2. Objectives

This study was done to assess the risk factors for prolonged empiric antibiotic therapy in VLBW newborns and to compare the outcome in patients receiving less than 2 weeks of anti-bacterials with those given > 2 weeks, in the tertiary level NICU in Tehran.

3. Materials and Methods

This was a prospective study in which all VLBW neonates hospitalized in the Mahdieh hospital between July 2011 and June 2012 were included. Mahdieh is a tertiary level perinatal center in Tehran, capital of Iran, affiliated with Shahid Beheshti University of Medical Sciences (SBUMS), with a 39-bed NICU and 5000 deliveries per year. Criteria for inclusion were: admission within 24 hours after birth, surviving more than 14 days, no major congenital anomaly or chromosomal disorder. This study was approved by committee of medical ethics at SBUMS. Parental consent for the study on babies was obtained.

Demographic and other relevant information regarding the mothers and neonates was documented on a pre-designed questionnaire. Neonatal data included birth weight, gender, gestational age, details of early and late onset sepsis, (EOS and LOS), need for mechanical ventilation, type and duration of the administered antibiotics, clinical course, development of complications including necrotizing enterocolitis (NEC), duration of hospital course and the final outcome.

Sepsis was diagnosed on the basis of CDC criteria (3); EOS as positive cultures from a normally sterile site during the first 3 days of life and LOS as positive cultures between day 4 and day 120. Classification of sepsis as possible, if only clinical manifestations were present, probable; clinical signs plus a positive CBC score; WBC < 4,000 or > 20,000, immature to total neutrophil ratio I/T > 0.2, or positive C-reactive protein (CRP ≥ 2+) and definite, clinical signs plus positive cultures (3, 7). NEC was graded according to Bell et al. criteria (10), Intra ventricular hemorrhage (IVH) as Papilla staging (11) and retinopathy of prematurity (ROP) on the basis of international classification (12).

Sepsis work-up was done on all neonates. Ampicillin and gentamicin (Cefotaxime and Amikacin in those with MV ± SURF) was started on admission. If the culture results were positive after 72 hours, antibiotics were continued for 10 days; in babies with negative cultures, decision to discontinue antibiotics was made on the basis of clinical and para-clinical (chest X-ray, CBC, CRP, etc.) findings. Neonates were then categorized in two groups I and II (GI and GII) according to the duration of antibiotic therapy. GI received antibiotics for < 14 days and GII for > 14 days. Risk factors for prolonged antibiotic therapy as well as the final outcome were compared between the two groups.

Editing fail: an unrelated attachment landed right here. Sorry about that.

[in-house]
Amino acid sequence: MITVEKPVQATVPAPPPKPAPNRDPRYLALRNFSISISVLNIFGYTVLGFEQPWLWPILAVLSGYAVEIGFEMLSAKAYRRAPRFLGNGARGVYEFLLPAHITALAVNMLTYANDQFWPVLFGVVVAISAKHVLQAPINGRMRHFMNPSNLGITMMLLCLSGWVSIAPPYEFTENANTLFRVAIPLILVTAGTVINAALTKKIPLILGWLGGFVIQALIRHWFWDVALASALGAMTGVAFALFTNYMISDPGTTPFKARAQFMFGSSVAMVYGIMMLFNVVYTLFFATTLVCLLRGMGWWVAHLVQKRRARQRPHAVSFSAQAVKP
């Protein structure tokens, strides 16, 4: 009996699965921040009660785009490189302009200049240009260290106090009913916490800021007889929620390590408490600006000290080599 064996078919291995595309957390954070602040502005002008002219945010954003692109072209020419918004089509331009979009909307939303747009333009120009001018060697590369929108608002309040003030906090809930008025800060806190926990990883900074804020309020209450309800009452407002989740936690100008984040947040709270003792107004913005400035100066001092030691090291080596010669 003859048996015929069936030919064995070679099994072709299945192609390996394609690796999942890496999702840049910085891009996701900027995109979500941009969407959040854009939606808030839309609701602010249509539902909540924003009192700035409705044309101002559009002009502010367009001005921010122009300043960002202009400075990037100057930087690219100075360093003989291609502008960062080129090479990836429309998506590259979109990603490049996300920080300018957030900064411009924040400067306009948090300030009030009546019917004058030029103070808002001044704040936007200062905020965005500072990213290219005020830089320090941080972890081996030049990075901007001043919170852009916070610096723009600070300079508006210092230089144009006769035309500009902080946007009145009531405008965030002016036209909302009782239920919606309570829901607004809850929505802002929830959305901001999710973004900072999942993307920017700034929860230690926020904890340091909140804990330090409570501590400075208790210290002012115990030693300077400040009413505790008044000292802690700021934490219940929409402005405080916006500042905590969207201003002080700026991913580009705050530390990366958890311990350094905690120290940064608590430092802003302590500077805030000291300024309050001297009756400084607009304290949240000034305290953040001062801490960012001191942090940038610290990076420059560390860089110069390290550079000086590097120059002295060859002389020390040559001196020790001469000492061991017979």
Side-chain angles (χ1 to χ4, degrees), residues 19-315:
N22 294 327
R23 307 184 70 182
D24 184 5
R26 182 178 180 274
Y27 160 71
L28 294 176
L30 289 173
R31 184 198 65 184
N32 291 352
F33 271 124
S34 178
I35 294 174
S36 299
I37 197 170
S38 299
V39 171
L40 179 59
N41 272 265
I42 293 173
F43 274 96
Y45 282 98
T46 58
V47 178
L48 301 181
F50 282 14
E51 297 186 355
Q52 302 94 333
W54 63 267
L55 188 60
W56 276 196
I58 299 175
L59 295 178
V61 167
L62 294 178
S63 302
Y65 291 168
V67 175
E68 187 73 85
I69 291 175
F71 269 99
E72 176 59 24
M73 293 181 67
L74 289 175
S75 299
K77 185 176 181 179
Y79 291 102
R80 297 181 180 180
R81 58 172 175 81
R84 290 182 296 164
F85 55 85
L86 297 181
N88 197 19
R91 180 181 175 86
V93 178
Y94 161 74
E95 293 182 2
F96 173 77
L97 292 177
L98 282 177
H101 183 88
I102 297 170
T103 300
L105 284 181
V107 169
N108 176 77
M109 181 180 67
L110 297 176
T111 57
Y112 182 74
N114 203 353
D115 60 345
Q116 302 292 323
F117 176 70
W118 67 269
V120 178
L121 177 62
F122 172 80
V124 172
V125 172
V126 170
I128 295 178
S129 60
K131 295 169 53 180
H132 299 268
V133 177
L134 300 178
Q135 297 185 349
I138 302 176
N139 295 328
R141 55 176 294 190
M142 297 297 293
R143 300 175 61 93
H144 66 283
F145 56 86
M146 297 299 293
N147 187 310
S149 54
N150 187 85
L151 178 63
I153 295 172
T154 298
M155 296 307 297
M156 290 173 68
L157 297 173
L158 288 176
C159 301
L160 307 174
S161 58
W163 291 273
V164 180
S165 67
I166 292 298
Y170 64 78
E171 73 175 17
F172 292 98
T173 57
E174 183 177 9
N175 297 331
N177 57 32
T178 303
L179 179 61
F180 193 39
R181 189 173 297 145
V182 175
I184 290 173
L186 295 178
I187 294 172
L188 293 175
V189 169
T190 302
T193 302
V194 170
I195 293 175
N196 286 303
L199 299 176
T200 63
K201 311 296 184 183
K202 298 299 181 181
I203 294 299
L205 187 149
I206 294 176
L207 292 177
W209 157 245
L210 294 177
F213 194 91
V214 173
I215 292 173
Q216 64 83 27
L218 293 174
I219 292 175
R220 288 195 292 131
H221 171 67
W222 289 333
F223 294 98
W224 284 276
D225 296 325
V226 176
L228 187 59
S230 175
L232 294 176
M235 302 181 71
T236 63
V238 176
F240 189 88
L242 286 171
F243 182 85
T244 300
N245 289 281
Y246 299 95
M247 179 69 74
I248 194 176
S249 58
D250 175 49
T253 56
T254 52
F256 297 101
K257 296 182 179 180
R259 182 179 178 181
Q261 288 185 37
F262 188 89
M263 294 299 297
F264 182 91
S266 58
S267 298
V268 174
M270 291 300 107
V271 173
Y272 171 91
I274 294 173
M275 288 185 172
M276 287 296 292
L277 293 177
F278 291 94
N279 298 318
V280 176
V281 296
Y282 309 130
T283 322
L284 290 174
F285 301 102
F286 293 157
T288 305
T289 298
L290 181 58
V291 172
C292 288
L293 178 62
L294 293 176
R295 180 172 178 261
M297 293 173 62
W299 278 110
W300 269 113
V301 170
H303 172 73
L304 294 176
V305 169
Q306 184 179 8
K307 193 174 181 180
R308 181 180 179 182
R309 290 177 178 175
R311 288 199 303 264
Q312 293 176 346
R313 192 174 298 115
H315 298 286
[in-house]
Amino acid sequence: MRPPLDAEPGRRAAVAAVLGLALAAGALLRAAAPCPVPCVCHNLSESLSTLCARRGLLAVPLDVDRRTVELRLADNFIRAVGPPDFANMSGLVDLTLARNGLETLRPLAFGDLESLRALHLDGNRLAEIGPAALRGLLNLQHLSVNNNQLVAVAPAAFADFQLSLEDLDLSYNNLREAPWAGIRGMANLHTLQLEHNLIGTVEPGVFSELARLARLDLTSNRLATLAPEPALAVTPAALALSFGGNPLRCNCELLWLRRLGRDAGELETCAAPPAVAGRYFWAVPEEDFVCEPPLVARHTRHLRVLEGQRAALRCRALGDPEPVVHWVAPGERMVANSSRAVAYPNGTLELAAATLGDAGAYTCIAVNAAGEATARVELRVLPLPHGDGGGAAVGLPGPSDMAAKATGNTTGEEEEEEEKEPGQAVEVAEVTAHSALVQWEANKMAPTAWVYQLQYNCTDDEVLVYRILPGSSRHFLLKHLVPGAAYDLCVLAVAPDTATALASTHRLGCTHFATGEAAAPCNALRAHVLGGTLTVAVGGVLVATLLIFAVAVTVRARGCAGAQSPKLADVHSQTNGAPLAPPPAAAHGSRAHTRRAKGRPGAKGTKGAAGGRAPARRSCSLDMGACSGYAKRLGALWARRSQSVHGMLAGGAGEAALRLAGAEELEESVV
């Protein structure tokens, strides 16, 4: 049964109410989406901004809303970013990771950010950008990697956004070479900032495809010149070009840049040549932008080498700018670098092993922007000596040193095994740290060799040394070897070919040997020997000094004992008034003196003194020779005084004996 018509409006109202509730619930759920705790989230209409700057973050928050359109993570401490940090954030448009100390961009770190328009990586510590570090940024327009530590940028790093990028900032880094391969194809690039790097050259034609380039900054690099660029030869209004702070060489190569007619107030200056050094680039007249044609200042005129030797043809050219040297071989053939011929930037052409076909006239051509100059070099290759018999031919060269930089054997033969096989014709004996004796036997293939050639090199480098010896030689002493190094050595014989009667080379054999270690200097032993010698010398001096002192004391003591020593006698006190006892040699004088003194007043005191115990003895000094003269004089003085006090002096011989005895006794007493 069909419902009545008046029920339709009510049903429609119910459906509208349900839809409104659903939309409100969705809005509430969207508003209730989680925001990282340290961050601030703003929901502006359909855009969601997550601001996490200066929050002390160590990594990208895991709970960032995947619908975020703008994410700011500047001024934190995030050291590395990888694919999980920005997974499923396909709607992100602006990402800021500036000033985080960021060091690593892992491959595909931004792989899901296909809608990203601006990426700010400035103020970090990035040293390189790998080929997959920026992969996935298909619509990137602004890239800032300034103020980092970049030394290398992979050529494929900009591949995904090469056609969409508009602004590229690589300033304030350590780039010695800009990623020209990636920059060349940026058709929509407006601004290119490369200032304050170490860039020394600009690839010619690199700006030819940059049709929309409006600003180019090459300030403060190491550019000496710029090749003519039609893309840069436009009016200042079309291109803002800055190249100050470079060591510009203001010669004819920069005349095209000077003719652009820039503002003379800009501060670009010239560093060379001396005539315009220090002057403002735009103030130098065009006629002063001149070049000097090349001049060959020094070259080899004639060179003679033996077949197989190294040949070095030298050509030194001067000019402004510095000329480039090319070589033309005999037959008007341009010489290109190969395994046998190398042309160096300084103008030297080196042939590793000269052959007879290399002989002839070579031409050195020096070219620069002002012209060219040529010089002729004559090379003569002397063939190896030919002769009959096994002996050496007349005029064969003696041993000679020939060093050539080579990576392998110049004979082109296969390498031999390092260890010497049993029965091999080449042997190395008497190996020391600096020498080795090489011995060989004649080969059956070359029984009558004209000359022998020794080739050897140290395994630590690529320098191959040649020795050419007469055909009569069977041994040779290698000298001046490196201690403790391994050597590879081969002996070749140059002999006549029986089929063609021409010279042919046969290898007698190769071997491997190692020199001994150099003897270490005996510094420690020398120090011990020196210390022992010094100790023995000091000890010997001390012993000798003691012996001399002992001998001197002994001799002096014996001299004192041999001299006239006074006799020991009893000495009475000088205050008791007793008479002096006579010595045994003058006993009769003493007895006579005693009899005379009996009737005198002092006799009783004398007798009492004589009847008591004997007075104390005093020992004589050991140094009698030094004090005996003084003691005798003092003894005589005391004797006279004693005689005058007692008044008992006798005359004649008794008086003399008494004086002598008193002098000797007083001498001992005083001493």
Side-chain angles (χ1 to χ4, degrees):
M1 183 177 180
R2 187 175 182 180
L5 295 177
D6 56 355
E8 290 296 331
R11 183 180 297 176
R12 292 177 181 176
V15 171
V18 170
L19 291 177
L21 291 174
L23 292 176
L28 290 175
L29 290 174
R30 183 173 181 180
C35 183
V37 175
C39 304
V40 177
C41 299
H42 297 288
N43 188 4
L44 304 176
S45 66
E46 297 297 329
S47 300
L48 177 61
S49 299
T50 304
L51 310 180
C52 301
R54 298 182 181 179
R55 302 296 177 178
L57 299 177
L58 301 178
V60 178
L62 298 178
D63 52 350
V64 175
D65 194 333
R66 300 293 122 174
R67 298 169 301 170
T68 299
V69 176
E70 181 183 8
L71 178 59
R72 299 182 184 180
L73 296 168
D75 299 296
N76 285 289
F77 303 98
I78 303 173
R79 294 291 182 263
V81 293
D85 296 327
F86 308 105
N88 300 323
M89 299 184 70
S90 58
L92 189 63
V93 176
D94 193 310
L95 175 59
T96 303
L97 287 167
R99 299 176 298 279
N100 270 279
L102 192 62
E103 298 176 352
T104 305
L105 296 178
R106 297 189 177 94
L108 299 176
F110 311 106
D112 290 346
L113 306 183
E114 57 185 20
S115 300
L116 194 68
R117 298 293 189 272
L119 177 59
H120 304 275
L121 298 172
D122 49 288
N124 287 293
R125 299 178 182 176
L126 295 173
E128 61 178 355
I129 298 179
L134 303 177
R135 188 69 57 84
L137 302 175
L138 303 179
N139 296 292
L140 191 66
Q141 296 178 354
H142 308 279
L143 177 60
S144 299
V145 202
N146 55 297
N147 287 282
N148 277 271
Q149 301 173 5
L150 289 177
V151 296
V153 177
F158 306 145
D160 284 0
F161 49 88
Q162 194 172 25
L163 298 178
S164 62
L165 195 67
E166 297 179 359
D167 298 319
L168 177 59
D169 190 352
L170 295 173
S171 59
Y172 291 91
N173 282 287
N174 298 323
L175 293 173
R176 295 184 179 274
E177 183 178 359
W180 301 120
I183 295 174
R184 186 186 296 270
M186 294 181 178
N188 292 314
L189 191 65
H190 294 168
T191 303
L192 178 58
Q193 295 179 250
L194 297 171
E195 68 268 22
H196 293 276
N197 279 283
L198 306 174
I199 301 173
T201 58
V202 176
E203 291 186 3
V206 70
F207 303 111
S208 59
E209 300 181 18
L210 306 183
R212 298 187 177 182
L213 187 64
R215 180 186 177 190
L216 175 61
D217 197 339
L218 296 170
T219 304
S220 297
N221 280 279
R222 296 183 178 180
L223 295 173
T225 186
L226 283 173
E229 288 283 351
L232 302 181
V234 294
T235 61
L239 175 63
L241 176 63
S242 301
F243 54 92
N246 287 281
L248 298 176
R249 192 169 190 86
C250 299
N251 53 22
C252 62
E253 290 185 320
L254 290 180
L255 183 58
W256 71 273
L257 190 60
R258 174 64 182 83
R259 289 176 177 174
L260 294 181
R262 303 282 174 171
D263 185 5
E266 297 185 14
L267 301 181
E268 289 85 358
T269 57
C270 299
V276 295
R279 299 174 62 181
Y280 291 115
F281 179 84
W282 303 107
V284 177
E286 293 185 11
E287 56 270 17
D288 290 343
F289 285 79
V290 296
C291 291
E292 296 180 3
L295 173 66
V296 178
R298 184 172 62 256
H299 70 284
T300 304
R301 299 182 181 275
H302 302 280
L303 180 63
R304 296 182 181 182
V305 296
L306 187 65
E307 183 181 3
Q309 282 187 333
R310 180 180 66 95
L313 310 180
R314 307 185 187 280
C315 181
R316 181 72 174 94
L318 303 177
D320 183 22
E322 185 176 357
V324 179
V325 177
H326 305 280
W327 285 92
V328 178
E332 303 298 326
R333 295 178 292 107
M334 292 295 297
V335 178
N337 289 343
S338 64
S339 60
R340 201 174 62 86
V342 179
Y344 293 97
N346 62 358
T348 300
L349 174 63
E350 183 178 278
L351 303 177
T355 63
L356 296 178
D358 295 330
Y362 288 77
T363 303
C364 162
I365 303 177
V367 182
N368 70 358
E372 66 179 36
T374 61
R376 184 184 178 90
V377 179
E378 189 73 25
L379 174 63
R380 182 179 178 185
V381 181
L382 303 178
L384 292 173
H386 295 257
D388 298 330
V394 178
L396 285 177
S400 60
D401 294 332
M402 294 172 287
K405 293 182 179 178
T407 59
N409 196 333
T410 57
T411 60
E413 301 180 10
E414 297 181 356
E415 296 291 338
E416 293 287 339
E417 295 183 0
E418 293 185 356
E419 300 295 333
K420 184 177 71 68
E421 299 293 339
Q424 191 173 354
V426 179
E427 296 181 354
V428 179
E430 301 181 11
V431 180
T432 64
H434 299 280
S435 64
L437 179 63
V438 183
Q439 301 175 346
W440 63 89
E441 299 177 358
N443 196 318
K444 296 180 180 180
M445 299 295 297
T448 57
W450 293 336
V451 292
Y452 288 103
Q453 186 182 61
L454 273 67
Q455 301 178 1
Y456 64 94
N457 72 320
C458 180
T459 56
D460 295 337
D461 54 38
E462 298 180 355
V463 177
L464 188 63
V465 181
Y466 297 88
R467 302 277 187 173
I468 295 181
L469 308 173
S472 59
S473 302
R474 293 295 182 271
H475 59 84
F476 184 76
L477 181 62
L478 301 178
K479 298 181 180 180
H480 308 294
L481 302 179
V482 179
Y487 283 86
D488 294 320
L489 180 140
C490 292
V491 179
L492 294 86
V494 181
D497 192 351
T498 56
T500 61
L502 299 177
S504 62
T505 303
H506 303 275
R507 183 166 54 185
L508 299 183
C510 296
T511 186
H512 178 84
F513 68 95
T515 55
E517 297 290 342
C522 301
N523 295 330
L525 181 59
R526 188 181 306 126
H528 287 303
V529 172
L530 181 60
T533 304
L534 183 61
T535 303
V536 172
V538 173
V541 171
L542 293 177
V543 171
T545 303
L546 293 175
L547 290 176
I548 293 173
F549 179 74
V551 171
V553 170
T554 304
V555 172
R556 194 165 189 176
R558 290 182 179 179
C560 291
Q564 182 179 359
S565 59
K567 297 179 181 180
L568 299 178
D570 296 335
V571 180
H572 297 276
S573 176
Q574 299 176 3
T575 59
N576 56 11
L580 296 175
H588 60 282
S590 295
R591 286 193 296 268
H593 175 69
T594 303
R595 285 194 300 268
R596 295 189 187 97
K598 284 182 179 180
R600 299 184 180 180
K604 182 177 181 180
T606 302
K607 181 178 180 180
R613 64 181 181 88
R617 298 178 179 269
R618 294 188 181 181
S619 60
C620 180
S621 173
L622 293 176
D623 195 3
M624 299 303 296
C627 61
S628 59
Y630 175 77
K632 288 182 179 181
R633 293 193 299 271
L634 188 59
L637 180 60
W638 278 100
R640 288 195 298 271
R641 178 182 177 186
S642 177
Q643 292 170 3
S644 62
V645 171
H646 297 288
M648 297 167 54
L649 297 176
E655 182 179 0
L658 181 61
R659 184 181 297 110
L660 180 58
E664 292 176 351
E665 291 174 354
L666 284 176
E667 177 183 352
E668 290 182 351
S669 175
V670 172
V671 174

Course of antibiotics was defined according to the frequency antibiotics were changed, for example if a patient was first put on ampicillin and gentamicin, then changed to amikacin + cefotaxime, and later vancomycin was added, this patient would be regarded as having received 3 courses of antibiotics.

3.1. Statistical Methods

Predictor variables of prolonged antibiotic prescription were evaluated by logistic regression analysis. For detecting potential confounding factors bivariate analyses (simple logistic regression) were performed and those with at least P value < 0.20 selected for multiple logistic regression analysis with forward stepwise method. The statistical level of significance was set at less than 0.05.

4. Results

Of 754 newborns admitted to NICU during the study period (July 2011 - June 2012), 184 were VLBW infants. One baby was discharged against medical advice, and 38 infants died before 14 days of age; data of 145 neonates were included in the final analysis. 104 were inborn, 117 had been delivered by cesarean section and 48.9% were male.

Mean gestational age was 31.26 ± 2.47 vs 29.1 ± 2.2 weeks and mean birth weight was 1287.88 ± 173.76 vs 1136.75 ± 212.37 g respectively in GI and GII.

Group I, consisted of 62 neonates with < 2 weeks of antibiotic therapy and GII; 83 neonates, which administered antibiotics for > 2 weeks (62 infants for 2 - 4 weeks and 21 babies for > 4 weeks).

Antibiotic courses were prescribed in different combinations; 50 neonates had received 1 course, 34 were given 2 courses; 30 were administered 3 courses, and 31 had been treated with ≥ 4 antibiotic courses (Tables 1 - 3).

Table 1. Patients’ Characteristics (Part 1)a
CharacteristicsDurationbTotal (n = 145)
≤ 2 (n = 62)> 2 (n = 83)
Birth weight, g
≤ 10002 (7.14)26 (92.86)28 (19.31)
1001 - 125022 (41.51)31 (58.49)53 (36.55)
1251 - 150038 (59.38)26 (40.63)64 (44.14)
Gestational age, w
≤ 288 (18.18)36 (81.82)44 (30.34)